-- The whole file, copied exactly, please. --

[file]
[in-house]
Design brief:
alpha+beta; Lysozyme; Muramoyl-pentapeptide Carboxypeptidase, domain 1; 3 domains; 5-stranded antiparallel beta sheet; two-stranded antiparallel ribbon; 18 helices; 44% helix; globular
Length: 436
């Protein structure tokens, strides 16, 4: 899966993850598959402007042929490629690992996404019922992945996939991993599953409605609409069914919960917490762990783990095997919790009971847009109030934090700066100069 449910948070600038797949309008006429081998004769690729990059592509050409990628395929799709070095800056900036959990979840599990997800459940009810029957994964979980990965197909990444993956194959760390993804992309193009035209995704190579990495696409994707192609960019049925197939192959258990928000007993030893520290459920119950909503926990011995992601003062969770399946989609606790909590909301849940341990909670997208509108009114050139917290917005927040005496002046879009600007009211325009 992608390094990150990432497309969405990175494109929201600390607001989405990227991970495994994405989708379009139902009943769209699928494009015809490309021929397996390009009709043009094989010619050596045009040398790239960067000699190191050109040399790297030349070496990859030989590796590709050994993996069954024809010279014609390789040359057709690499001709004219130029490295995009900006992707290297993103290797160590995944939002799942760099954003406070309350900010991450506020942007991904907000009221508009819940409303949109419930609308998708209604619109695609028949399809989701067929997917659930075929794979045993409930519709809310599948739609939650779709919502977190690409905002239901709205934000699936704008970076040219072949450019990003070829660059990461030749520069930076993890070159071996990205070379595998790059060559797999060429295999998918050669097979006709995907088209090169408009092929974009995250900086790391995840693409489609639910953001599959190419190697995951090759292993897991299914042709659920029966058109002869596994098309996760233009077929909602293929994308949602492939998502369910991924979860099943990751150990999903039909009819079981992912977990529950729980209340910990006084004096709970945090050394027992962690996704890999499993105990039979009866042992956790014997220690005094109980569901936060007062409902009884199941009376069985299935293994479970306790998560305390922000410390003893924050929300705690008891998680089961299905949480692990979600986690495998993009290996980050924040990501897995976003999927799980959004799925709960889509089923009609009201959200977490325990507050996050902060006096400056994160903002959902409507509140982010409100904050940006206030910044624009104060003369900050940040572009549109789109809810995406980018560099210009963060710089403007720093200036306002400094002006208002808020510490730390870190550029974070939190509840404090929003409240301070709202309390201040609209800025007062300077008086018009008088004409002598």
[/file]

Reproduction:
[in-house]
Design brief:
alpha+beta; Lysozyme; Muramoyl-pentapeptide Carboxypeptidase, domain 1; 3 domains; 5-stranded antiparallel beta sheet; two-stranded antiparallel ribbon; 18 helices; 44% helix; globular
Length: 436
């Protein structure tokens, strides 16, 4: 899966993850598959402007042929490629690992996404019922992945996939991993599953409605609409069914919960917490762990783990095997919790009971847009109030934090700066100069 449910948070600038797949309008006429081998004769690729990059592509050409990628395929799709070095800056900036959990979840599990997800459940009810029957994964979980990965197909990444993956194959760390993804992309193009035209995704190579990495696409994707192609960019049925197939192959258990928000007993030893520290459920119950909503926990011995992601003062969770399946989609606790909590909301849940341990909670997208509108009114050139917290917005927040005496002046879009600007009211325009 992608390094990150990432497309969405990175494109929201600390607001989405990227991970495994994405989708379009139902009943769209699928494009015809490309021929397996390009009709043009094989010619050596045009040398790239960067000699190191050109040399790297030349070496990859030989590796590709050994993996069954024809010279014609390789040359057709690499001709004219130029490295995009900006992707290297993103290797160590995944939002799942760099954003406070309350900010991450506020942007991904907000009221508009819940409303949109419930609308998708209604619109695609028949399809989701067929997917659930075929794979045993409930519709809310599948739609939650779709919502977190690409905002239901709205934000699936704008970076040219072949450019990003070829660059990461030749520069930076993890070159071996990205070379595998790059060559797999060429295999998918050669097979006709995907088209090169408009092929974009995250900086790391995840693409489609639910953001599959190419190697995951090759292993897991299914042709659920029966058109002869596994098309996760233009077929909602293929994308949602492939998502369910991924979860099943990751150990999903039909009819079981992912977990529950729980209340910990006084004096709970945090050394027992962690996704890999499993105990039979009866042992956790014997220690005094109980569901936060007062409902009884199941009376069985299935293994479970306790998560305390922000410390003893924050929300705690008891998680089961299905949480692990979600986690495998993009290996980050924040990501897995976003999927799980959004799925709960889509089923009609009201959200977490325990507050996050902060006096400056994160903002959902409507509140982010409100904050940006206030910044624009104060003369900050940040572009549109789109809810995406980018560099210009963060710089403007720093200036306002400094002006208002808020510490730390870190550029974070939190509840404090929003409240301070709202309390201040609209800025007062300077008086018009008088004409002598």